Naturalized epistemology, coined by W. V. O. Quine, is a collection of philosophic views concerned with the theory of knowledge that emphasize the role of natural scientific methods. This shared emphasis on scientific methods of studying knowledge shifts focus to the empirical processes of knowledge acquisition and away from many traditional philosophical questions. There are noteworthy distinctions within naturalized epistemology. Replacement naturalism maintains that traditional epistemology should be abandoned and replaced with the methodologies of the natural sciences. The general thesis of cooperative naturalism is that traditional epistemology can benefit in its inquiry by using the knowledge we have gained from the cognitive sciences. Substantive naturalism focuses on an asserted equality of facts of knowledge and natural facts.
Objections to naturalized epistemology have targeted features of the general project as well as characteristics of specific versions. Some objectors suggest that natural scientific knowledge cannot be circularly grounded by the knowledge obtained through cognitive science, which is itself a natural science. This objection from circularity has been aimed specifically at strict replacement naturalism. There are similar challenges to substance naturalism that maintain that the substance naturalists' thesis that all facts of knowledge are natural facts is not only circular but fails to accommodate certain facts. Several other objectors have found fault in the inability of naturalized methods to adequately address questions about what value forms of potential knowledge have or lack. Naturalized epistemology is generally opposed to the antipsychologism of Immanuel Kant, Gottlob Frege, Karl Popper, Edmund Husserl and others.
Forms of naturalism
W. V. O. Quine's version of naturalized epistemology considers reasons for serious doubt about the fruitfulness of traditional philosophic study of scientific knowledge. These concerns are raised in light of the long attested incapacity of philosophers to find a satisfactory answer to the problems of radical scepticism, more particularly, to David Hume's criticism of induction. But also, because of the contemporaneous attempts and failures to reduce mathematics to pure logic by those in or philosophically sympathetic to The Vienna Circle. He concludes that studies of scientific knowledge concerned with meaning or truth fail to achieve the Cartesian goal of certainty. The failures in the reduction of mathematics to pure logic imply that scientific knowledge can at best be defined with the aid of less certain set-theoretic notions. Even if set theory's lacking the certainty of pure logic is deemed acceptable, the usefulness of constructing an encoding of scientific knowledge as logic and set theory is undermined by the inability to construct a useful translation from logic and set-theory back to scientific knowledge. If no translation between scientific knowledge and the logical structures can be constructed that works both ways, then the properties of the purely logical and set-theoretic constructions do not usefully inform understanding of scientific knowledge.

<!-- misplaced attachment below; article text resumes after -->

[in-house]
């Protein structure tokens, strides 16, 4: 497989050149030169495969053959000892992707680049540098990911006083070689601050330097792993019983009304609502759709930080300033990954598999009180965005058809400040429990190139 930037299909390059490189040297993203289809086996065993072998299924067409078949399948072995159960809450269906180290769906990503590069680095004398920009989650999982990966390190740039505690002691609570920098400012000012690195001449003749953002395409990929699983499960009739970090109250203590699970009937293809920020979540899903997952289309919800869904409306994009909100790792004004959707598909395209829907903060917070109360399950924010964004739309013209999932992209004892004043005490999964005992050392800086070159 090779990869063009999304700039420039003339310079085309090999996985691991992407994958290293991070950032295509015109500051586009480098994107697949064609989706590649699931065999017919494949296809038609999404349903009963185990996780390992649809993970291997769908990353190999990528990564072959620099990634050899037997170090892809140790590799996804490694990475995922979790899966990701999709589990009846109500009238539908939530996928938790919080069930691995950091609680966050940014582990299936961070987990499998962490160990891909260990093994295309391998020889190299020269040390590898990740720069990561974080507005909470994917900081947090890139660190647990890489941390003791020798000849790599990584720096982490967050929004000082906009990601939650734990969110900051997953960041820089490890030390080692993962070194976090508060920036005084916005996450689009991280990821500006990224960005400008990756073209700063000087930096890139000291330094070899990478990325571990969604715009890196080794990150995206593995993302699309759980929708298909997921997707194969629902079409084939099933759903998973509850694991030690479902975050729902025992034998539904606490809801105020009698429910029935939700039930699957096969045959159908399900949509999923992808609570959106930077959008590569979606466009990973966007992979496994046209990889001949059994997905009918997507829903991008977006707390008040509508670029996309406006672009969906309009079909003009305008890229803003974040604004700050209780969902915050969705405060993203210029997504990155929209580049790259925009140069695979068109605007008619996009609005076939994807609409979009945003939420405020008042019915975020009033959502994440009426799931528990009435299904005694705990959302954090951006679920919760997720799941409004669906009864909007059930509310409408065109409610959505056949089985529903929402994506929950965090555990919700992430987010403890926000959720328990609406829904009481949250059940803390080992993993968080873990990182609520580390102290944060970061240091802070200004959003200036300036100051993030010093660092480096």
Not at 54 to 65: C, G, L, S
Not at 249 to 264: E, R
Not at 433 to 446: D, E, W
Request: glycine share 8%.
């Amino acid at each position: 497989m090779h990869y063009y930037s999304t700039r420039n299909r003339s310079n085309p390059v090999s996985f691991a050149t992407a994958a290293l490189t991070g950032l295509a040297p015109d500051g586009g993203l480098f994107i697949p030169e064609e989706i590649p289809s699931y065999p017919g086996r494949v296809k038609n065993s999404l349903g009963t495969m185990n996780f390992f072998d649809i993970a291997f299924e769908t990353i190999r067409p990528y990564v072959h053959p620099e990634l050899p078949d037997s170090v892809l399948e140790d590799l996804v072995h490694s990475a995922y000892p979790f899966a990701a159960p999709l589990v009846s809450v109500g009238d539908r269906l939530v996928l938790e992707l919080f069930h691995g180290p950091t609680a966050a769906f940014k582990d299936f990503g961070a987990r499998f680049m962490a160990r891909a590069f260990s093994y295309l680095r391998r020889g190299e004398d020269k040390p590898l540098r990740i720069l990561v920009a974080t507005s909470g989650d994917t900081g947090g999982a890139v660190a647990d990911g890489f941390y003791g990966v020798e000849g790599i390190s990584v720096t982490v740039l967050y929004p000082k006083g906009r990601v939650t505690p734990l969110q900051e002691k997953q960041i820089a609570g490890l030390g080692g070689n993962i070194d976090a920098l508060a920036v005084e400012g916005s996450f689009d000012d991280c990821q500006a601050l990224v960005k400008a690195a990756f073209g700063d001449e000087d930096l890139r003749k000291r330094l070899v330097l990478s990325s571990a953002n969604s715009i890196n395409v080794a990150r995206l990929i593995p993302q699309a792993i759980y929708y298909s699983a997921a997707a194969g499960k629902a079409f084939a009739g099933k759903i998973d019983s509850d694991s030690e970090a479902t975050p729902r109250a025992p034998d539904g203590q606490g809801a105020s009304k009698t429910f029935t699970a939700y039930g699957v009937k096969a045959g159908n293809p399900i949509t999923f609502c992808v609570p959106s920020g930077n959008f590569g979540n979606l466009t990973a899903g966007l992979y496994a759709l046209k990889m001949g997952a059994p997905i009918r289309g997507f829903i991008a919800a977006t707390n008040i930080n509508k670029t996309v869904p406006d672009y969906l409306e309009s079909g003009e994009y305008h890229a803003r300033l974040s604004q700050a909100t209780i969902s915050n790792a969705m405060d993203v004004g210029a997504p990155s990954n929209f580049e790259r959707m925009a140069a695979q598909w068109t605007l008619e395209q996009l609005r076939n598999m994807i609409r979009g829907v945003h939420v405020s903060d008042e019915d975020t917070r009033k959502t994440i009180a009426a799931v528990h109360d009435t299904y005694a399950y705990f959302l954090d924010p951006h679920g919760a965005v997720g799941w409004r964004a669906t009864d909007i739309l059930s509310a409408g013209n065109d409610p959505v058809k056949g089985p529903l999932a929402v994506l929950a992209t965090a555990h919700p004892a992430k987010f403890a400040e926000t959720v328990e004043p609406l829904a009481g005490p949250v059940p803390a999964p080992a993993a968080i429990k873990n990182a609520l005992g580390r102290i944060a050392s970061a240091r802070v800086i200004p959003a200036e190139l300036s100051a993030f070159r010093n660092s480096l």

On Quine's account, attempts to pursue the traditional project of finding the meanings and truths of science philosophically have failed on their own terms and failed to offer any advantage over the more direct methods of psychology. Quine rejects the analytic-synthetic distinction and emphasizes the holistic nature of our beliefs. Since traditional philosophic analysis of knowledge fails, those wishing to study knowledge ought to employ natural scientific methods. Scientific study of knowledge differs from philosophic study by focusing on how humans acquire knowledge rather than speculative analysis of knowledge. According to Quine, this appeal to science to ground the project of studying knowledge, which itself underlies science, should not be dismissed for its circularity since it is the best option available after ruling out traditional philosophic methods for their more serious flaws. This identification and tolerance of circularity is reflected elsewhere in Quine's works.
Cooperative naturalism is a version of naturalized epistemology which states that while there are evaluative questions to pursue, the empirical results from psychology concerning how individuals actually think and reason are essential and useful for making progress in these evaluative questions. This form of naturalism says that our psychological and biological limitations and abilities are relevant to the study of human knowledge. Empirical work is relevant to epistemology but only if epistemology is itself as broad as the study of human knowledge.
Substantive naturalism is a form of naturalized epistemology that emphasizes how all epistemic facts are natural facts. Natural facts can be based on two main ideas. The first is that all natural facts include all facts that science would verify. The second is to provide a list of examples that consists of natural items. This will help in deducing what else can be included.